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ONCE UPON A TIME…

Pies & Cakes at the Pioneer Bakery

Cooper-Molera Adobe is located in downtown Monterey, California. This remarkable place represents the layered history of the families who lived in and built Monterey, from its early years as the political and commercial capitol of Mexican Alta, California, through the development of the State of California. Later, it became known as the center of a region known for both agricultural innovation and historic preservation. The site includes two adjacent adobe homes, a corner store, an adobe warehouse, and a barn complex, all on roughly 2.5 acres surrounded by a historic adobe wall. The principal adobe residence dates to 1827. Other portions of the property were developed across the 19th and early 20th centuries for a variety of commercial and residential uses.

Donated to the National Trust in 1972, Cooper-Molera was operated by California State Parks as a museum property under a long-term lease until December 2016. However, diminishing state resources resulted in substantially reduced operations at the site in recent years. Significant restoration needs—in particular, seismic stabilization of the historic barn complex—went unfunded. As a result, Cooper-Molera had the appearance of a shuttered historic site for many passers-by. Only a small museum shop run by local volunteers of the Monterey State Historic Park Association was in regular operation. With no endowment, no state lease (the previous lease having ended in 2016), and no sustainable sources of funding for operations and rehabilitation needs, we at the National Trust recognized the future of Cooper-Molera to be precarious—a situation common to many house museums and historic sites.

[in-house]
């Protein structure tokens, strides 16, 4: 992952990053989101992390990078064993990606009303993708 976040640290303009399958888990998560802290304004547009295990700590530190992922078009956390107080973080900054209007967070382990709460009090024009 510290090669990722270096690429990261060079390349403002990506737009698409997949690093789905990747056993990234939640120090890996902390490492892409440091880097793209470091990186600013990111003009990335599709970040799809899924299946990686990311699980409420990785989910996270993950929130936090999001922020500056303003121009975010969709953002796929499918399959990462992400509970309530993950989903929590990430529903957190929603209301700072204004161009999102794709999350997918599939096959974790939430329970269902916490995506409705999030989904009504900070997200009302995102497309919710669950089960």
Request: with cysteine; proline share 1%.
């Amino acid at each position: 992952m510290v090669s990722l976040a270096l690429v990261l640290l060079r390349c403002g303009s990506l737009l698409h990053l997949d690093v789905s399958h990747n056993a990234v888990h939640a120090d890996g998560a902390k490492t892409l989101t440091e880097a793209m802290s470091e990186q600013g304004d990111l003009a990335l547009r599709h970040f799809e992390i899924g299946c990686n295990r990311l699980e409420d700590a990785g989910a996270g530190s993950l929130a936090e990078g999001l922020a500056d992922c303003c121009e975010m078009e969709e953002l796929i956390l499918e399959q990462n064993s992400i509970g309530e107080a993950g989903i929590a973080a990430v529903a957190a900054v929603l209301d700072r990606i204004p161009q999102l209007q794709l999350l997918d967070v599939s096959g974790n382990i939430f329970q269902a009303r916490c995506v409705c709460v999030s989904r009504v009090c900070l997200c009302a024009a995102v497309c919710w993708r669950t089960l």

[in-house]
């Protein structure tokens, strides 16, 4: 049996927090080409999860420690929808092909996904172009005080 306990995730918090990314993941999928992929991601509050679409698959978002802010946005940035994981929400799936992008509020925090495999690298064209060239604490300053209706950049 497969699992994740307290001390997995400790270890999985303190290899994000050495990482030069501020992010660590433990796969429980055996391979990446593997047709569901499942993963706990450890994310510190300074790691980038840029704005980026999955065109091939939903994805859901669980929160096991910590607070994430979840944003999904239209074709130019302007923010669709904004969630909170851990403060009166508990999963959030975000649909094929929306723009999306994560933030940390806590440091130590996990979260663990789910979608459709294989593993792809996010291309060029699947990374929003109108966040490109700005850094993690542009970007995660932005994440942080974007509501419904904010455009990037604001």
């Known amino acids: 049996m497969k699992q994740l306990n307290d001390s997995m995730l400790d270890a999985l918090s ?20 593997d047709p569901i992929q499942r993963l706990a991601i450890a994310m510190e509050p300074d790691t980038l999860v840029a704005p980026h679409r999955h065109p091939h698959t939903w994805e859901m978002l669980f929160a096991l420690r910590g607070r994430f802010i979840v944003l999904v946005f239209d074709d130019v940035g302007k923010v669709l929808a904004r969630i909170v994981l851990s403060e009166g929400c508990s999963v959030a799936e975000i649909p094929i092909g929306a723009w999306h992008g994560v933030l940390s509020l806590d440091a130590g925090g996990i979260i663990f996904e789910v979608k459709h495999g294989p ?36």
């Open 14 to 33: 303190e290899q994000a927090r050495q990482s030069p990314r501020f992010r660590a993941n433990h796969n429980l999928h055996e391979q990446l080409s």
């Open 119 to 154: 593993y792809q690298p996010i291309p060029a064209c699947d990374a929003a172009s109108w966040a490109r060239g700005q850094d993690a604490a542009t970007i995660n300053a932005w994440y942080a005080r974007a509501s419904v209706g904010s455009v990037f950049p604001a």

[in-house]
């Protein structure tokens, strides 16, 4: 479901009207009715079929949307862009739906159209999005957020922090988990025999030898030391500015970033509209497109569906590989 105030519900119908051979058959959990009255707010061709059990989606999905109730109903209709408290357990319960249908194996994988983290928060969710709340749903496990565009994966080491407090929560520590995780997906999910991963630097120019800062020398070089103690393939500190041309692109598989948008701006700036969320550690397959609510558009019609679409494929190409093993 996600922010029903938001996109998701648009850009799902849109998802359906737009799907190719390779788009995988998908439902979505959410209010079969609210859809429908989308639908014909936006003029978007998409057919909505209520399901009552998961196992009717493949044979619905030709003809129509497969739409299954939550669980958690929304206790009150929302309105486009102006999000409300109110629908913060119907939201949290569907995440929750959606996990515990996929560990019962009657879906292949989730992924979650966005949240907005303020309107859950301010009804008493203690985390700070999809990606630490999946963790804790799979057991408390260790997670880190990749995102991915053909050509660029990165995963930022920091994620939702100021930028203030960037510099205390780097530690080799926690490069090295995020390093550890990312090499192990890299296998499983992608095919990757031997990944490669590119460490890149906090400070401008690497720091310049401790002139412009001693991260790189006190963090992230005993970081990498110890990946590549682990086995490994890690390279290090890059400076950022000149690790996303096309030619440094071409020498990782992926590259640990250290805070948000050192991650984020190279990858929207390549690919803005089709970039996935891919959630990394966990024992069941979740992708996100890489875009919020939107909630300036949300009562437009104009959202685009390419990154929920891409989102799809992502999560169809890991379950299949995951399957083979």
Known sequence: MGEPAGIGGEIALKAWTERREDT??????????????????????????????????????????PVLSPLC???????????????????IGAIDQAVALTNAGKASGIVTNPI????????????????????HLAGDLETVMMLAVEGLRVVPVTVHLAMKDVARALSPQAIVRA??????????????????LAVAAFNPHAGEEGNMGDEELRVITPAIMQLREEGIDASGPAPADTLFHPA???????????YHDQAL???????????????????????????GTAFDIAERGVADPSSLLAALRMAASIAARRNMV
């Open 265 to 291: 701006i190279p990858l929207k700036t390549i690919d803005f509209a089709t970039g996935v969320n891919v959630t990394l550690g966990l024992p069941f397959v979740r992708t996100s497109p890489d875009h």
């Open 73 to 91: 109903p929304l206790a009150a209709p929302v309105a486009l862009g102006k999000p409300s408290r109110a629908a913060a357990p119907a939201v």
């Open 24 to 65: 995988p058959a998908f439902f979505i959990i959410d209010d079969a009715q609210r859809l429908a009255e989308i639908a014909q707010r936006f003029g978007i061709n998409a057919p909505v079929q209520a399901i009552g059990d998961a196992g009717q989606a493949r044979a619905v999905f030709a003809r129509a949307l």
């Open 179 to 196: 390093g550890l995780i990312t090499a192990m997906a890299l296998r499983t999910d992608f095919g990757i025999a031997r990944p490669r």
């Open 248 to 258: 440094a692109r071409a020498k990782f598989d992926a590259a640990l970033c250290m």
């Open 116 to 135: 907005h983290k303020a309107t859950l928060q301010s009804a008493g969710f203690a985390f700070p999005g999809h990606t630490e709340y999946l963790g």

Cooper-Molera is significant as the original home of John Bautista Rogers Cooper, an American sea captain who settled in Monterey during Mexican rule in the early 20th Century. Cooper became a successful merchant, and acquired extensive landholdings throughout Northern California. His wife, Encarnación Vallejo Cooper, was the sister of General Mariano Vallejo, who played an important role in California’s transition from Mexican rule to an American territory. Subsequent generations of the Cooper family made significant contributions to the development of agriculture in the Salinas Valley.

Cooper-Molera showcases residential life in early Monterey, when the small port city was the social, economic, and political hub of California in the era prior to the Gold Rush. The site is a contributing resource within the Monterey Old Town National Historic Landmark District.